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posted: 1/14/2014 5:45 AM

From the Food Editor: Are all apples created equal?

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  • The Opal apple was discovered in Europe in 1999 and has been grown in Washington State since 2010. The apple has yellow skin and a sweet flavor. Because of its composition, it naturally resists oxidation.

      The Opal apple was discovered in Europe in 1999 and has been grown in Washington State since 2010. The apple has yellow skin and a sweet flavor. Because of its composition, it naturally resists oxidation.

  • Glassware maker Riedel worked with Coca-Cola to develop a glass that accentuates the flavor and mouth feel of the iconic beverage.

      Glassware maker Riedel worked with Coca-Cola to develop a glass that accentuates the flavor and mouth feel of the iconic beverage.
    Courtesy of Riedel

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I heard a report on NPR just the other day about a Canadian agribusiness that has developed, through genetic modification, an apple that does not brown when cut and exposed to air. The report explained that when injected with the enzyme that causes browning, browning doesn't accelerate but rather shuts down.

You can cut an apple in the morning and send it in your kid's lunch, or add slices to the salad that you'll serve for a dinner party before guests show up.

Sounds great right?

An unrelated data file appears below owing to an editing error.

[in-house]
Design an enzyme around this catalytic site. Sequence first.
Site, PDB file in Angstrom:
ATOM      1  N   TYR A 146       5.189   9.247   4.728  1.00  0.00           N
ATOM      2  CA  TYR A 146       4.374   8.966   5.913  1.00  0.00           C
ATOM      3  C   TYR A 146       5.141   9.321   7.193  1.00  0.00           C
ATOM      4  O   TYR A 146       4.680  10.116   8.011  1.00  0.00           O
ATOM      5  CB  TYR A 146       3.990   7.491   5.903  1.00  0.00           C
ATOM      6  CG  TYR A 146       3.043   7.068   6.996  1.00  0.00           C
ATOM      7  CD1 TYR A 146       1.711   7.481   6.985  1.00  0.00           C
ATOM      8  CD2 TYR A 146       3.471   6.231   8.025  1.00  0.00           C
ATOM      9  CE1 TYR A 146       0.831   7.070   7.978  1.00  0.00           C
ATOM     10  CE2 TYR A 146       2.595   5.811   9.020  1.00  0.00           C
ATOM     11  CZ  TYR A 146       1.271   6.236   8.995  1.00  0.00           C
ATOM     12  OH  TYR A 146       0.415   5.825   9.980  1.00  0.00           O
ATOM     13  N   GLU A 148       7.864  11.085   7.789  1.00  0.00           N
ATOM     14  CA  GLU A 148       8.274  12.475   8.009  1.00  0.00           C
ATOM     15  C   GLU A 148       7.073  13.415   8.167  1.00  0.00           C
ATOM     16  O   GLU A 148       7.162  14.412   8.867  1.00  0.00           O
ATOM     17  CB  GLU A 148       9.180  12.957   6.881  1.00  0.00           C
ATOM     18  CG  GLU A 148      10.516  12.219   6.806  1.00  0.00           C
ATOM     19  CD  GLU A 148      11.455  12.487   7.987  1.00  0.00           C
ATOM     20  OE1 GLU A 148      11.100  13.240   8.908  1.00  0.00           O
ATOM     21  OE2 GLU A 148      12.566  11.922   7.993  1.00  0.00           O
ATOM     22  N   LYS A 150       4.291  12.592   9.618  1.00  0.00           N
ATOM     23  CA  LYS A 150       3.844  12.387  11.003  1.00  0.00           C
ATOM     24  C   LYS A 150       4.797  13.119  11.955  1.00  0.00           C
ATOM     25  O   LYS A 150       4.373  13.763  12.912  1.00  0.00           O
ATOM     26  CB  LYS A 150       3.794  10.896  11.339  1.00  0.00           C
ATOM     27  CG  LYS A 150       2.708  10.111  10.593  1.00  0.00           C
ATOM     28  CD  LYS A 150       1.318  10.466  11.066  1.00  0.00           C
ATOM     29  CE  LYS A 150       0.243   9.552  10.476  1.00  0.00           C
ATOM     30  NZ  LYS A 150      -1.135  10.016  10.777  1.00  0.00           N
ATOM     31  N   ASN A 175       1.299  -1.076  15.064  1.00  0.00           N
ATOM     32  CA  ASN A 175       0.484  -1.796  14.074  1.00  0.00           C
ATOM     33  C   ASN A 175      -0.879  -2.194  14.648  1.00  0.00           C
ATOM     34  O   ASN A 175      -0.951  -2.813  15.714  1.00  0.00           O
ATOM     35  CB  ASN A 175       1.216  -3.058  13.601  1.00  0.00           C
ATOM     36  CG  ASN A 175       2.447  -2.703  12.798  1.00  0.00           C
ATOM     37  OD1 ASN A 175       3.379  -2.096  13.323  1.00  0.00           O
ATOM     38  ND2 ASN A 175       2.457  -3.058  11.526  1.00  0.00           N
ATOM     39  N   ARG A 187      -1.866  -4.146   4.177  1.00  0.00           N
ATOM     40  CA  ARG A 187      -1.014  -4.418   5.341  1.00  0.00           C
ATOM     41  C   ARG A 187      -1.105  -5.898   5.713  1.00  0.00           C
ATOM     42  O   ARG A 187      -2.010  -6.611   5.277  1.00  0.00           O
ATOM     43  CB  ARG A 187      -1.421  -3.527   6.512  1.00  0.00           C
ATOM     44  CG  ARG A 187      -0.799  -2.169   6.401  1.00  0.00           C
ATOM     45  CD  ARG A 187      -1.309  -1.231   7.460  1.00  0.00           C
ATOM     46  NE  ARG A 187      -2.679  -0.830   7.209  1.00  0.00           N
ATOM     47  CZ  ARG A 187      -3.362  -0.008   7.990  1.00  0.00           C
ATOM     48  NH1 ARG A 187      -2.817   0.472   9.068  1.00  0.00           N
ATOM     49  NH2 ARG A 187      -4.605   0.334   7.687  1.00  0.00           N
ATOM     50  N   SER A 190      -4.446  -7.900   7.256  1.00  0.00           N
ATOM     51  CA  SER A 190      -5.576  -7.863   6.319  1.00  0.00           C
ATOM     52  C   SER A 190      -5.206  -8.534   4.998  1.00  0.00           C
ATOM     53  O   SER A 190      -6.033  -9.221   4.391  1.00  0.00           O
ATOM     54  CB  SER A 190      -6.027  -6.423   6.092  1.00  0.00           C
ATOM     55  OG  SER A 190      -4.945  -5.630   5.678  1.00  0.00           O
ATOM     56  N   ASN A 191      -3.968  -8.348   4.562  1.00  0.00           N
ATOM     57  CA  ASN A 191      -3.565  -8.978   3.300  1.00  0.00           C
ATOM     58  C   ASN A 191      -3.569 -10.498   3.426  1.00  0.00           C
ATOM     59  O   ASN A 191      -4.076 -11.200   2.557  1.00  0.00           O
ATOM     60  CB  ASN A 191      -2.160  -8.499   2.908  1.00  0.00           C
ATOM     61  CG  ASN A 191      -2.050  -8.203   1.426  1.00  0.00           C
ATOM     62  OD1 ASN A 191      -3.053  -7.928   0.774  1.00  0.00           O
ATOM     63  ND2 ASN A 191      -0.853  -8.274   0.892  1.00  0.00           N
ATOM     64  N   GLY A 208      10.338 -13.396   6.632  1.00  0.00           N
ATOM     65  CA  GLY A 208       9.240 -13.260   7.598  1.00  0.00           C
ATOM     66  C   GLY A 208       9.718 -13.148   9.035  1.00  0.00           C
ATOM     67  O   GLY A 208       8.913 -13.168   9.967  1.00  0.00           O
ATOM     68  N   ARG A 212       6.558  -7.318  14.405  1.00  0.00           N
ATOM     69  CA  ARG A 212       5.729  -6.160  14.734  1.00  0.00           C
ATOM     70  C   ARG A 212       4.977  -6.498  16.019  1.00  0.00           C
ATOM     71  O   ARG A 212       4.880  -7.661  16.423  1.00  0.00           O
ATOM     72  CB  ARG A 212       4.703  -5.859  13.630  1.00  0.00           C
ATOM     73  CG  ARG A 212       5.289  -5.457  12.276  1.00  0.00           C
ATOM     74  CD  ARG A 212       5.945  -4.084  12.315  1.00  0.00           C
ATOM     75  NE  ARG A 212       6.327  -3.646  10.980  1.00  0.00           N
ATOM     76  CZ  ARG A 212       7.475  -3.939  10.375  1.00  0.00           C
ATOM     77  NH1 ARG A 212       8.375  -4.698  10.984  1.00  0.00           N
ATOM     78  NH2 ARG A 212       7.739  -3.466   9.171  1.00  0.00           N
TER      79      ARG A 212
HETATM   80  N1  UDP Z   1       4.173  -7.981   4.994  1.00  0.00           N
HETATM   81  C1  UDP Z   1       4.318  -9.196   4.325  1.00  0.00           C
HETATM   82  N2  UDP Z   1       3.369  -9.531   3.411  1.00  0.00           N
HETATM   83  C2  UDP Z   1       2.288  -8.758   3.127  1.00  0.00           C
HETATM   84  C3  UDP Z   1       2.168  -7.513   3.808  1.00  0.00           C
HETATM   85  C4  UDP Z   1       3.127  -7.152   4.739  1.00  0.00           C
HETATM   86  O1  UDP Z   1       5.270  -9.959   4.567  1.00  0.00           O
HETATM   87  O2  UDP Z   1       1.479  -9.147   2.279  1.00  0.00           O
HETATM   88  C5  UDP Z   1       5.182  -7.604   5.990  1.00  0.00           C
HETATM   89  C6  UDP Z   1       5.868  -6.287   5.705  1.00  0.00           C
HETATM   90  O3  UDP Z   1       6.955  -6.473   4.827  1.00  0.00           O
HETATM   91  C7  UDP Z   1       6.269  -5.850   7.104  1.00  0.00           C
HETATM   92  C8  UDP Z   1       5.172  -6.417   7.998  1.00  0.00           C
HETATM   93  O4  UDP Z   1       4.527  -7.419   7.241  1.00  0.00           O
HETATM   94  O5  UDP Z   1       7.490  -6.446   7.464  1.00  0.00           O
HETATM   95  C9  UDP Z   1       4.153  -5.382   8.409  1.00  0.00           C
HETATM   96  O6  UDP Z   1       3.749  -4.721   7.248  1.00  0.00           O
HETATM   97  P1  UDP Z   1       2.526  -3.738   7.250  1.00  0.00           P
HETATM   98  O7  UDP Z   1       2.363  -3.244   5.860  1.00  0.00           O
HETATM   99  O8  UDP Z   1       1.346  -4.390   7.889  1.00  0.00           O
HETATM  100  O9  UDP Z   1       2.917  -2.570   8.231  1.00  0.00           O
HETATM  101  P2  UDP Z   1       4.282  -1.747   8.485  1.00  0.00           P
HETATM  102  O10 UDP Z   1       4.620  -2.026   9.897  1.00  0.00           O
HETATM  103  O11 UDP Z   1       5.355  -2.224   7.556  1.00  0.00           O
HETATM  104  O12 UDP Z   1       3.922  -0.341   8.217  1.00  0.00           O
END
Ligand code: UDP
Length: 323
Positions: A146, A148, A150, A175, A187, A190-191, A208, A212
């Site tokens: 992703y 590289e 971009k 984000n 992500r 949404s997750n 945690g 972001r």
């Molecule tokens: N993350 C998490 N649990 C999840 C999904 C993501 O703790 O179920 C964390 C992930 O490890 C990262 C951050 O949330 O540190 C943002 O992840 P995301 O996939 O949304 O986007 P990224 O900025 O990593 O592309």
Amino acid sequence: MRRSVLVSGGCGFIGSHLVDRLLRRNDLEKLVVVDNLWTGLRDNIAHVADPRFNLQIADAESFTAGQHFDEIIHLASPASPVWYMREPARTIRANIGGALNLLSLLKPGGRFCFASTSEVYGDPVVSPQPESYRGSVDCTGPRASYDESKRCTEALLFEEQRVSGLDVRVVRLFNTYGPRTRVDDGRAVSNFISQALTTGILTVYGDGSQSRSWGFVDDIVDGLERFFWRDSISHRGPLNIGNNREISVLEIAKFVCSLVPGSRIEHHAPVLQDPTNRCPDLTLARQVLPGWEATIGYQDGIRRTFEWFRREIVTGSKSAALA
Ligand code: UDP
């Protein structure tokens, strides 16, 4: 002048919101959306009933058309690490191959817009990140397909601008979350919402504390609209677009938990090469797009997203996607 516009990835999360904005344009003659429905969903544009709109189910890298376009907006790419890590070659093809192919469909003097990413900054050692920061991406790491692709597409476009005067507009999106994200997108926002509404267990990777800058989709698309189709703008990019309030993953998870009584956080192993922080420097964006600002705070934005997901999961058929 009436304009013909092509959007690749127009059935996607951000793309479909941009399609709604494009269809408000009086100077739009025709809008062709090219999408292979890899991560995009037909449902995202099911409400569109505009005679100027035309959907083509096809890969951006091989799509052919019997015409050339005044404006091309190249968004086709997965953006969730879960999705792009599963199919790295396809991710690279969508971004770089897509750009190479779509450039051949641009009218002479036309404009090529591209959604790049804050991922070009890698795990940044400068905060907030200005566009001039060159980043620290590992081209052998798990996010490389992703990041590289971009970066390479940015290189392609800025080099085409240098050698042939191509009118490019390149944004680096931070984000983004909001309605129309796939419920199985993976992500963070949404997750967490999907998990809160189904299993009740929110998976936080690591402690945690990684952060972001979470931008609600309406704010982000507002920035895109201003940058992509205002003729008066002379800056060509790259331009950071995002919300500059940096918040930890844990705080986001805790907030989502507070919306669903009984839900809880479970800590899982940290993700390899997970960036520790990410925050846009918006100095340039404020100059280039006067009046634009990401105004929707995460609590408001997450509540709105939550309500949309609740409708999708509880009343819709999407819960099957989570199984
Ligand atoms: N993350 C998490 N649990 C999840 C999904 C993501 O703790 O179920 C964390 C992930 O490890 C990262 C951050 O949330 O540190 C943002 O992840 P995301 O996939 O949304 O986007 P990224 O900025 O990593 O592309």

Except for those two little words "genetically modified." Many people go out of their way to avoid genetically modified foods, unsure what the long-term effects might be.

Turns out there's already an apple in the produce bins that doesn't brown when cut and it's all natural. It's called the Opal apple.

The Opal apple was discovered in Europe in 1999 and has been grown in Washington State since 2010. The apple has yellow skin and a sweet flavor. Because of its composition, it naturally resists oxidation.

Of course I was curious. I started eating one in the afternoon and left the partially noshed-on fruit on my desk. The next morning, the flesh was hardly browned, but it did look kind of shrunken and dried out.

A few days later I sliced an Opal and put some in the kids' lunches and took a few slices to work myself. Sure enough, the slices looked perfectly fresh cut and still tasted delicious.

Opal seasons run through April. You can find them at Mariano's.

Shape matters: You know that the shape of a glass accentuates the enjoyment of wine and beer, but did you know it can do the same for soft drinks?

The acclaimed Riedel family (whose wineglasses have been endorsed by winemakers and wine critics) recently worked with the Coca-Cola company to create a glass that best highlights the aroma, flavors and mouth feel of the iconic beverage. The resulting glass is a bit reminiscent of the wavy Coke bottle. I can't help but wonder if the glass makes a Pepsi taste worse.

Anyway, the glasses cost about $30 for a set of two and would be a perfect gift for any Coke enthusiast (hint, hint). You can get them at riedel.com or at Bed, Bath and Beyond.

Little chefs: If you have a pint-size chef with big dreams, head to the Hyatt Magnificent Mile Saturday. Producers of MasterChef Junior are holding an open casting call from 10 a.m. to 6 p.m. Jan. 18 at the hotel, 633 N. St. Clair St., Chicago.

The show is looking for cooking enthusiasts ages 8 to 13 for the second season of Fox's elimination-style competition show. Preregistration is required at masterchefjuniorcasting.com/how-to-audition.

If you can't make it to the open call, producers will accept audition videos through Jan. 24. All the details are online.

Still have questions? Reach out to casting director Ned Johnson at (323) 956-6743 or castingned@gmail.com.

Contact Food Editor Deborah Pankey at dpankey@dailyherald.com or (847) 427-4524. Be her friend at Facebook.com/DebPankey.DailyHerald or follow her on Pinterest, Instagram and Twitter @PankeysPlate.

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